Can You Pull Nutsedge?

Can You Pull Nutsedge

Growing and maintaining a beautiful, even lawn is hard work. Although it might look effortless, countless hours of meticulous care go into growth and maintenance. So, when weeds pop up in the pristine expanse, it’s frustrating. 

Nutsedge is a common problem in lawns and gardens and can be incredibly complex to manage and eliminate. If your lawn has nutsedge sprouting throughout, think again before pulling it. Unfortunately, pulling this plant is rarely effective, which makes control tricky. Here’s what you need to know.

What Is Nutsedge?

Also known as nutgrass, nutsedge is a plant that looks like grass. However, despite its grass-like appearance, it isn’t grass – it’s a weed. Nutsedge grows rapidly, often shooting up much faster than regular turf grass. You might find it in your garden beds or see it as a contrast on your beautiful lawn. 

Nutsedge spreads rapidly in optimum conditions, as a single network of these plants from one tuber can produce more than 100 tubers in 100 days, causing the problem to proliferate. For the most part, these tubers stick to the top six inches of soil. However, some tubers can extend up to 18 inches into the soil, making them difficult to pull up. 

What Does Nutsedge Look Like?

Nutsedge is a grassy weed that shares many of the same characteristics as regular turf grass. However, nutsedge has a yellowish-green appearance instead of the consistent green color of turf grass. 

The blades of the plant are coarse and feature a midrib down the middle. The base features a triangular stem, with multiple blades sprouting from it. Generally, it’s easy to identify based on its coloring, as it’s clearly more yellow than regular turf grass. Sometimes, the spiked head of the plant can be purplish or yellow. 

Can You Get Rid Of Nutsedge By Pulling It?

Nutsedge is a persistent weed that is tricky to get rid of, as its tubers extend deep into the soil. Since they grow so deeply into the soil, pulling nutsedge by hand is rarely effective. When you pull the plant by hand, you’ll likely only remove the top portion of the root network, which leaves tubers and part of the root behind. 

This allows the plant to regrow, bringing you back to square one within a few weeks. So, it’s best to avoid pulling the plant by hand, as it’s usually a waste of time to eliminate the plant. 

How To Control Nutsedge

Nutsedge is a stubborn weed that is tricky to remove. Eliminating the weed is difficult, as tubers extend deep into the soil, making most removal methods ineffective. Here are a few ways to manage the spread of nutsedge:

Iron Out Watering Schedules

Nutsedge flourishes when the soil is waterlogged, so work on controlling the weed by managing your water schedule. Waterlogged soil can be hard on your turf grass, so it’s best to iron out the details for the health of your grass. Thick grass can also help crowd out nutsedge, so healthy grass can also help with this aspect.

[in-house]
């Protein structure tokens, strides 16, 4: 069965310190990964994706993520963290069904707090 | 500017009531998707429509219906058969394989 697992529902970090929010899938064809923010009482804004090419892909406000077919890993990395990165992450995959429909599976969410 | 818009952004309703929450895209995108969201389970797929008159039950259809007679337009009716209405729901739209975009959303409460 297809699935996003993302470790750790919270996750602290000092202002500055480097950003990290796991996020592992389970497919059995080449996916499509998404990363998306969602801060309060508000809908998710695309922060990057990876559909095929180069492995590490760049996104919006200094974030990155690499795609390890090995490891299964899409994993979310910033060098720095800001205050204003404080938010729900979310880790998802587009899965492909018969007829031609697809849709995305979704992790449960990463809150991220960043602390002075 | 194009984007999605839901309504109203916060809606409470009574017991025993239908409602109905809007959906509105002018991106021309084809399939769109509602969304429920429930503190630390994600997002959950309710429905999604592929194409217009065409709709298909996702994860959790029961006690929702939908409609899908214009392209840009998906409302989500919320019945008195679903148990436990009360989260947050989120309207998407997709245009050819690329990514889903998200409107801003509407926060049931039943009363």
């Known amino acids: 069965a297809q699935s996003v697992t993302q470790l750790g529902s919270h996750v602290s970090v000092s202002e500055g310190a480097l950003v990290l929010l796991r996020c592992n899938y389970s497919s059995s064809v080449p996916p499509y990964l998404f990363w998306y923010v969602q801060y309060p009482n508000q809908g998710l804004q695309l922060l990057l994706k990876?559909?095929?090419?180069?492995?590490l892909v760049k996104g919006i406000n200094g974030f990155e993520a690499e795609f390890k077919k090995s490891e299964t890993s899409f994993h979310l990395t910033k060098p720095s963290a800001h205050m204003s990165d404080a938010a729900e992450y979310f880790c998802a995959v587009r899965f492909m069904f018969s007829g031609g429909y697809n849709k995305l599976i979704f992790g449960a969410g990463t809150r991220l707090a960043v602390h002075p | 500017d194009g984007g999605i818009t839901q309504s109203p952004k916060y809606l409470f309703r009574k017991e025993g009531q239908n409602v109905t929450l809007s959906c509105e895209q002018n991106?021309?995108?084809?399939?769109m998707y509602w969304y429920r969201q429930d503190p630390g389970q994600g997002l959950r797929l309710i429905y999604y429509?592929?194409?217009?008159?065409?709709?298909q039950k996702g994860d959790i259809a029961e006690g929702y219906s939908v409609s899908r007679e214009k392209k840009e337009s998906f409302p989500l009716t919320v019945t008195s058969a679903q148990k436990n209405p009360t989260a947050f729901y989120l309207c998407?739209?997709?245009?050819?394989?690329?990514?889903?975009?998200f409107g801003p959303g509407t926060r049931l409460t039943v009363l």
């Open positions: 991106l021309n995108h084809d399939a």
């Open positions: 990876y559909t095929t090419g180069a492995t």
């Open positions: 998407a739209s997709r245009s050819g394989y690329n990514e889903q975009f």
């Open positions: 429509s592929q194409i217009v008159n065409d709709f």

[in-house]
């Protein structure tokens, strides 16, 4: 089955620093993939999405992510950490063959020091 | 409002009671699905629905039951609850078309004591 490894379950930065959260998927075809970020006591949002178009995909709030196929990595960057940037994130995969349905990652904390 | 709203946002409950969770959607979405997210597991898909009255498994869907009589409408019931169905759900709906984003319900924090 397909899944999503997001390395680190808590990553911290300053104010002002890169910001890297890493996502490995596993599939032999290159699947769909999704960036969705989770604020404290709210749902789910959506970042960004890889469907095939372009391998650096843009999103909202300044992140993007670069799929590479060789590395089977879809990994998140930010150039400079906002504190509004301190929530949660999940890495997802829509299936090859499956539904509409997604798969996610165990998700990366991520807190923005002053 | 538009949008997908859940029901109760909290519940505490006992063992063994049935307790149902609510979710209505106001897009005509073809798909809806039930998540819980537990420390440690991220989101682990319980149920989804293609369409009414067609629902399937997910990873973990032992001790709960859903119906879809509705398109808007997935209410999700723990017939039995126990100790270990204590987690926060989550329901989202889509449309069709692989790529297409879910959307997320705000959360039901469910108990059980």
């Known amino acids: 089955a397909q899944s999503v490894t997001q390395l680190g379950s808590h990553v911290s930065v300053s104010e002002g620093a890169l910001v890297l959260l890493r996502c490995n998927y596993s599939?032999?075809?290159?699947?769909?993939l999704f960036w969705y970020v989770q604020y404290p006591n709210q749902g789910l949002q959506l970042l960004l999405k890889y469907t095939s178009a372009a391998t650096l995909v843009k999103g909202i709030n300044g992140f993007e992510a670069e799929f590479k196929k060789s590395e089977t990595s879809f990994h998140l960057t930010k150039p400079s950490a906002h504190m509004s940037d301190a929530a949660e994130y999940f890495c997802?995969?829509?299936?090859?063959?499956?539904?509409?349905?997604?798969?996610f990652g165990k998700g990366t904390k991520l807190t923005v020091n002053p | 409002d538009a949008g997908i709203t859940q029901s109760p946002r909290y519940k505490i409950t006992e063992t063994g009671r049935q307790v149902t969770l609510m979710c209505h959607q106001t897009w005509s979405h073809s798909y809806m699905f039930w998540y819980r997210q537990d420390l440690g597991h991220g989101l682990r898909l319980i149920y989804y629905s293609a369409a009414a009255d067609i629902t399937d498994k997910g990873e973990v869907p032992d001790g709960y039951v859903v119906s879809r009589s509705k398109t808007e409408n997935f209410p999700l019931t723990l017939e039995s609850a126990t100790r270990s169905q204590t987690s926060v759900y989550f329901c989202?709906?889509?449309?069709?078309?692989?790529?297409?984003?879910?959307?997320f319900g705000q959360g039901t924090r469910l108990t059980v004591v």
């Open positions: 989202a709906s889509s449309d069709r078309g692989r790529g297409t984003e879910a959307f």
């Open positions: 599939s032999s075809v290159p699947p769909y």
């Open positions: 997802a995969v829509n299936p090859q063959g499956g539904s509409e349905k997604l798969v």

Ensure your lawn has adequate drainage so water doesn’t pool on the lawn (poor drainage often leads to excessive water retention). On top of that, only water as frequently as necessary. Generally, turf grasses need about an inch of water per week. If your area receives heavy rain, you might not need to water as frequently. 

Of course, every grass type is different, so do your research to determine the best watering schedule.

Remove Young Plants

As you notice young nutsedge plants on your lawn, pull them up by hand. Although pulling nutsedge by hand (especially mature plants) won’t eliminate the problem, it can help manage the spread of the weed. So, as you notice new sprouts, pull them up by hand or use a small hoe to lift the plant out. 

This method will likely leave some tubers behind, but as long as you remove the plant when it’s weak and young, you can control the spread of the weed. 

Set The Mower High

Although you might be tempted to lower the mower blades to chop the plant low, avoid cutting too much off the plant. Not only can this harm your grass (you should never cut more than ⅓ of its height at once), it can encourage growth in the yellow nutsedge plaguing your lawn. 

So, set your mower higher rather than lower, as taking too much off the plant could stimulate growth. 

What To Avoid In Nutsedge Management

Attempting to manage and eliminate nutsedge infestations can be aggravating, as the plant is stubborn. However, while some methods work well for management, others are ineffective and can sometimes worsen the problem. Here are a few things to avoid:

  • Black plastic mulching: Unfortunately, this rarely works, as nutsedge plants feature sharp, pointy leaves that grow right through the layer. 
  • Systemic herbicides: While herbicides might be the first thing you reach for, they usually don’t work to destroy nutsedge populations. The herbicides usually only reach the leaves, which misses the tubers underneath altogether, allowing the plant to sprout again. 
  • Tilling: When you till the area to destroy mature plants, you end up spreading the tubers to other areas of the soil, allowing the infestation to spread. While tilling small areas repeatedly can help reduce populations, it can also become a problem if you don’t do it correctly. So, as a general rule, you might want to steer clear of tilling as a form of elimination.